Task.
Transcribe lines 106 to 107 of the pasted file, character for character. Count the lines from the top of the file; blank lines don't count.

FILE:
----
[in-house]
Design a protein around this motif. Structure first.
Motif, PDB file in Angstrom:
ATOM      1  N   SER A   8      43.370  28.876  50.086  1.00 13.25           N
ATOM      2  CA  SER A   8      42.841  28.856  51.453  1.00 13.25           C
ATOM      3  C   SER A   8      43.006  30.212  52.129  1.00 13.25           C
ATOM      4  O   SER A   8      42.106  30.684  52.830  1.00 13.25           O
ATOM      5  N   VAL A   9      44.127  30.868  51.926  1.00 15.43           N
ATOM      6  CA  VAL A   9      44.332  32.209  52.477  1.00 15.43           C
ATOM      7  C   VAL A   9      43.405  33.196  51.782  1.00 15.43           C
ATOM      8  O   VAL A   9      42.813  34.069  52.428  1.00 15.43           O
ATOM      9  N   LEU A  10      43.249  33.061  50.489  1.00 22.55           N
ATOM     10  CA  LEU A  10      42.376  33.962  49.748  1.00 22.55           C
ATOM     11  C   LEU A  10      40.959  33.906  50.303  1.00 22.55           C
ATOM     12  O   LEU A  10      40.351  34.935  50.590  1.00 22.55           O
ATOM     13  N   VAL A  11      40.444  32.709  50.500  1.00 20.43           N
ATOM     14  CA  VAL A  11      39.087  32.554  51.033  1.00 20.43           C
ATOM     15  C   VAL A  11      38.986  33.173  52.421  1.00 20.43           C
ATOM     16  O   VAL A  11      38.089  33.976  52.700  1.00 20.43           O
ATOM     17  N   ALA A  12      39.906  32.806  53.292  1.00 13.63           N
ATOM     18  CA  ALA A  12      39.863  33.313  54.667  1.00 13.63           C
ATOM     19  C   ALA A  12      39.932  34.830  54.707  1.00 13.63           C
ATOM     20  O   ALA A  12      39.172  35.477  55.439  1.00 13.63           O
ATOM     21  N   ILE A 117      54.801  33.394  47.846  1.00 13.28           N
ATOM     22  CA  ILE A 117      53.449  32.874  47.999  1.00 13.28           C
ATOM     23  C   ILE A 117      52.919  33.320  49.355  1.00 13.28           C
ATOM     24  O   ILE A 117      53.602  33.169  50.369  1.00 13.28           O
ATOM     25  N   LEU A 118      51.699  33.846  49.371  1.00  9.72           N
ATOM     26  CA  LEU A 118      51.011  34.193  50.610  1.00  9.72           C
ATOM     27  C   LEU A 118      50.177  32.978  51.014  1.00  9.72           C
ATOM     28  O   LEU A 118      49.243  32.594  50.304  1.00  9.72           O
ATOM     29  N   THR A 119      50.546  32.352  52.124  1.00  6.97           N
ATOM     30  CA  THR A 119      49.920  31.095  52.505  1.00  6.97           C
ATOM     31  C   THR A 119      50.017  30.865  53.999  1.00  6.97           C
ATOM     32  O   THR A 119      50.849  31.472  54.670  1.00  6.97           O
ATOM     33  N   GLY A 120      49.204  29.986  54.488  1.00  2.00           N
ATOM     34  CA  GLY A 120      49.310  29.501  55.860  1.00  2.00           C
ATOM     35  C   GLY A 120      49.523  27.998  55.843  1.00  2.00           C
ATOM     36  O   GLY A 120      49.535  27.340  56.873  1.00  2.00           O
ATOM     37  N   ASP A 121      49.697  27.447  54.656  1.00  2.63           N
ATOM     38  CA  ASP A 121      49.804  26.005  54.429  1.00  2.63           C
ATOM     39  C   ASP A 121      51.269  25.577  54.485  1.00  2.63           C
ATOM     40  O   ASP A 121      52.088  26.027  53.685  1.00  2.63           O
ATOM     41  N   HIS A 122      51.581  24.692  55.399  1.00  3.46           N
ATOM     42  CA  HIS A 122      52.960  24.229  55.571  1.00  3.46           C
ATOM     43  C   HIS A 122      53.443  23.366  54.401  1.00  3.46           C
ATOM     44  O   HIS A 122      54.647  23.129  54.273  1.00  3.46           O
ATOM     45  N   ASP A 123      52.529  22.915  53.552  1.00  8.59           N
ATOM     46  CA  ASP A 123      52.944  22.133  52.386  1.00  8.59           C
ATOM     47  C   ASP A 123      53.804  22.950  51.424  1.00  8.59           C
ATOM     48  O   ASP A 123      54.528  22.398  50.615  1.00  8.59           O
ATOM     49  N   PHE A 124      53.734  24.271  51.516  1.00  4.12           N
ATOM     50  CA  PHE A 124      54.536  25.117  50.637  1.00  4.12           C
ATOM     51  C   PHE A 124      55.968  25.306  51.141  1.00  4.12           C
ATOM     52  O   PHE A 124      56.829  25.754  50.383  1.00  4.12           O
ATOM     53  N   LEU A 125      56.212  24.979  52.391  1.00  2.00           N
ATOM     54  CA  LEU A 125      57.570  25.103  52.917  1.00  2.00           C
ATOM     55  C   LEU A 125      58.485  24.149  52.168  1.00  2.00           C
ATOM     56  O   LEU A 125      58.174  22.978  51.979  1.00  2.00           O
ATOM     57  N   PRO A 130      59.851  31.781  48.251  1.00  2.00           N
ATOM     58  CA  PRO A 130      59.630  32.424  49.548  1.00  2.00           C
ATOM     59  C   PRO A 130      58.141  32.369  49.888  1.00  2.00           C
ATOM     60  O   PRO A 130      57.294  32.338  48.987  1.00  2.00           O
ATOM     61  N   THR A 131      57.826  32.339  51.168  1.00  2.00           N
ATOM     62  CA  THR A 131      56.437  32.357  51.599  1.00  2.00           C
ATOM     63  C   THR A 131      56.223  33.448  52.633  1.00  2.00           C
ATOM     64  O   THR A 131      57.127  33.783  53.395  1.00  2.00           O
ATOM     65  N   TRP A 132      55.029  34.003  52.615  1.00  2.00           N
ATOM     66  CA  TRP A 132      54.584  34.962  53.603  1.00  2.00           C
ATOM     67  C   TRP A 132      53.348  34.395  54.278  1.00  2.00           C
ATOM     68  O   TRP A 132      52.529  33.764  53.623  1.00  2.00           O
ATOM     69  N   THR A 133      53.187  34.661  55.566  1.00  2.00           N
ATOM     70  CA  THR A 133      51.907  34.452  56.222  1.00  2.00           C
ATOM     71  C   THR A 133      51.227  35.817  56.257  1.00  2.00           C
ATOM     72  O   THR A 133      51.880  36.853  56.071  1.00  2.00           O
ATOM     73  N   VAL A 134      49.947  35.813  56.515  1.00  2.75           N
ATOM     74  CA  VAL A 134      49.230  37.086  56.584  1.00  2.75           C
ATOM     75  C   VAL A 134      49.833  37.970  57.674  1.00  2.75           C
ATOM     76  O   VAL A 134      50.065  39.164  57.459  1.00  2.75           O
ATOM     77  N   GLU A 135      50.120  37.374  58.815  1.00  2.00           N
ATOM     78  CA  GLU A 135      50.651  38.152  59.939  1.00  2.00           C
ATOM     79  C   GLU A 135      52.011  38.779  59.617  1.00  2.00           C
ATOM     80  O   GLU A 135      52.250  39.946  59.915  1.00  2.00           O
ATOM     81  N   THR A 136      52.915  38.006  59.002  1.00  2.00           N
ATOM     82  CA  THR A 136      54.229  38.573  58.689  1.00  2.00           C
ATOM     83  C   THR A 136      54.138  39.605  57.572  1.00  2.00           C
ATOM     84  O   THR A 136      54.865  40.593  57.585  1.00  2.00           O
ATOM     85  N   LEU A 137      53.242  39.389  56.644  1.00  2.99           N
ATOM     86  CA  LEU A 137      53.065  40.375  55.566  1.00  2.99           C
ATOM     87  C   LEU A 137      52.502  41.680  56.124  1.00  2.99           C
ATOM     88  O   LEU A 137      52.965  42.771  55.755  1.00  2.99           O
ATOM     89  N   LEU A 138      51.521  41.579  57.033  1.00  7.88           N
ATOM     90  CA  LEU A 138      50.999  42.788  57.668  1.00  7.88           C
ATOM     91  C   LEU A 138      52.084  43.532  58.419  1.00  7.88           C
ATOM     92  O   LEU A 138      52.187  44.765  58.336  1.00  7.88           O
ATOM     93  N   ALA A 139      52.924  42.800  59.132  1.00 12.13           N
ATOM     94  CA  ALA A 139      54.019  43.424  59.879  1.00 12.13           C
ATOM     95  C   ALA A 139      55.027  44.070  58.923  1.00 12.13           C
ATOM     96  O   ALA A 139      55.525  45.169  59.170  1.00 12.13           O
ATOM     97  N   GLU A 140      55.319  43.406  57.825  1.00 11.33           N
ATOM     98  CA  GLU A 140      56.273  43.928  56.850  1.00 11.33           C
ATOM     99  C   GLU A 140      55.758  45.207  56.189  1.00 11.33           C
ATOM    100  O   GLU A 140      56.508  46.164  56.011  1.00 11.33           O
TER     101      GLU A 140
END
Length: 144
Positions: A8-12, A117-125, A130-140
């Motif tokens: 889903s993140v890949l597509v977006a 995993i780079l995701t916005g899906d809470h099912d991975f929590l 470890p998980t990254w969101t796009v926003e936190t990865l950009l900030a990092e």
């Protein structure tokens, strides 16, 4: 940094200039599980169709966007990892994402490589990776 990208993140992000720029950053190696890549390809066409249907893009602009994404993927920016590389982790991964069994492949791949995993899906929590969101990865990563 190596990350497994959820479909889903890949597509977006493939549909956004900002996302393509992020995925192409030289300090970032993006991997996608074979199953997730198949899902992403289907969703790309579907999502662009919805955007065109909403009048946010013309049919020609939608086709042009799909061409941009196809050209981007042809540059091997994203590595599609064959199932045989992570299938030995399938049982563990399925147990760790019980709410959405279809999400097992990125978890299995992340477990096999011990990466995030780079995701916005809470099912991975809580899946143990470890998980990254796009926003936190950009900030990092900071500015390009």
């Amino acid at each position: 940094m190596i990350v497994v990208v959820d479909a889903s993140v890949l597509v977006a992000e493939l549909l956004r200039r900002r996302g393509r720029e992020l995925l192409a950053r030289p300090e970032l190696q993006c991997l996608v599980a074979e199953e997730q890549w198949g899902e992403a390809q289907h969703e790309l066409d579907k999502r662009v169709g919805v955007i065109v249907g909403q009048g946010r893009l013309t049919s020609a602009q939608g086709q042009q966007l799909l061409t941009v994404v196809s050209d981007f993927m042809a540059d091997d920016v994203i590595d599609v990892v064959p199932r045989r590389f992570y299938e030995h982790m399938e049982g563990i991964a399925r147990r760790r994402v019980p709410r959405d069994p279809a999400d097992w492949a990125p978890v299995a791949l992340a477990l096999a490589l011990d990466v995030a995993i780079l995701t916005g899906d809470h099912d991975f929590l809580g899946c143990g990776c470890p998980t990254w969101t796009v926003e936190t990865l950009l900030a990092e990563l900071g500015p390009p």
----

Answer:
Length: 144
Positions: A8-12, A117-125, A130-140